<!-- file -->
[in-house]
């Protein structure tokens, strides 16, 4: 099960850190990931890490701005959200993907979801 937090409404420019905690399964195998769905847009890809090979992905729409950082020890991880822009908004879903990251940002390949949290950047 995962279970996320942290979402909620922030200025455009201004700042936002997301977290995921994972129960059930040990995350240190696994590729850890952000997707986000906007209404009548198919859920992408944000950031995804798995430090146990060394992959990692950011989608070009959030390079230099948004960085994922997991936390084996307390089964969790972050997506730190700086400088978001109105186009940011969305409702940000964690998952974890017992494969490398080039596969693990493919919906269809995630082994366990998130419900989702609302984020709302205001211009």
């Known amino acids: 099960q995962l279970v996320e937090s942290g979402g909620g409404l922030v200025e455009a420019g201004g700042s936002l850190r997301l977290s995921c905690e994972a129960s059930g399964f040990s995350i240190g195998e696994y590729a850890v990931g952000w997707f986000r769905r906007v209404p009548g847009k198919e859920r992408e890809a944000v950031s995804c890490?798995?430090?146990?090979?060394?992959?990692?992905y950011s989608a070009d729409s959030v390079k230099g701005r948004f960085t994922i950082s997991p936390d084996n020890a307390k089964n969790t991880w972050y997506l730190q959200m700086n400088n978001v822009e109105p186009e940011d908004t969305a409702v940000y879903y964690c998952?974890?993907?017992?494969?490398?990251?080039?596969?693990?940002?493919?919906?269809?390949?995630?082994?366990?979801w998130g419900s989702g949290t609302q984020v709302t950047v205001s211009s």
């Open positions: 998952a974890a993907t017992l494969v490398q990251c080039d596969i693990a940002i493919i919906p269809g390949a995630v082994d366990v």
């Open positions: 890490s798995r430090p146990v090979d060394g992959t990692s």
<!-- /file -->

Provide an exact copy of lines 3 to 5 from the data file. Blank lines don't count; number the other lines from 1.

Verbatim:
């Known amino acids: 099960q995962l279970v996320e937090s942290g979402g909620g409404l922030v200025e455009a420019g201004g700042s936002l850190r997301l977290s995921c905690e994972a129960s059930g399964f040990s995350i240190g195998e696994y590729a850890v990931g952000w997707f986000r769905r906007v209404p009548g847009k198919e859920r992408e890809a944000v950031s995804c890490?798995?430090?146990?090979?060394?992959?990692?992905y950011s989608a070009d729409s959030v390079k230099g701005r948004f960085t994922i950082s997991p936390d084996n020890a307390k089964n969790t991880w972050y997506l730190q959200m700086n400088n978001v822009e109105p186009e940011d908004t969305a409702v940000y879903y964690c998952?974890?993907?017992?494969?490398?990251?080039?596969?693990?940002?493919?919906?269809?390949?995630?082994?366990?979801w998130g419900s989702g949290t609302q984020v709302t950047v205001s211009s």
């Open positions: 998952a974890a993907t017992l494969v490398q990251c080039d596969i693990a940002i493919i919906p269809g390949a995630v082994d366990v």
């Open positions: 890490s798995r430090p146990v090979d060394g992959t990692s």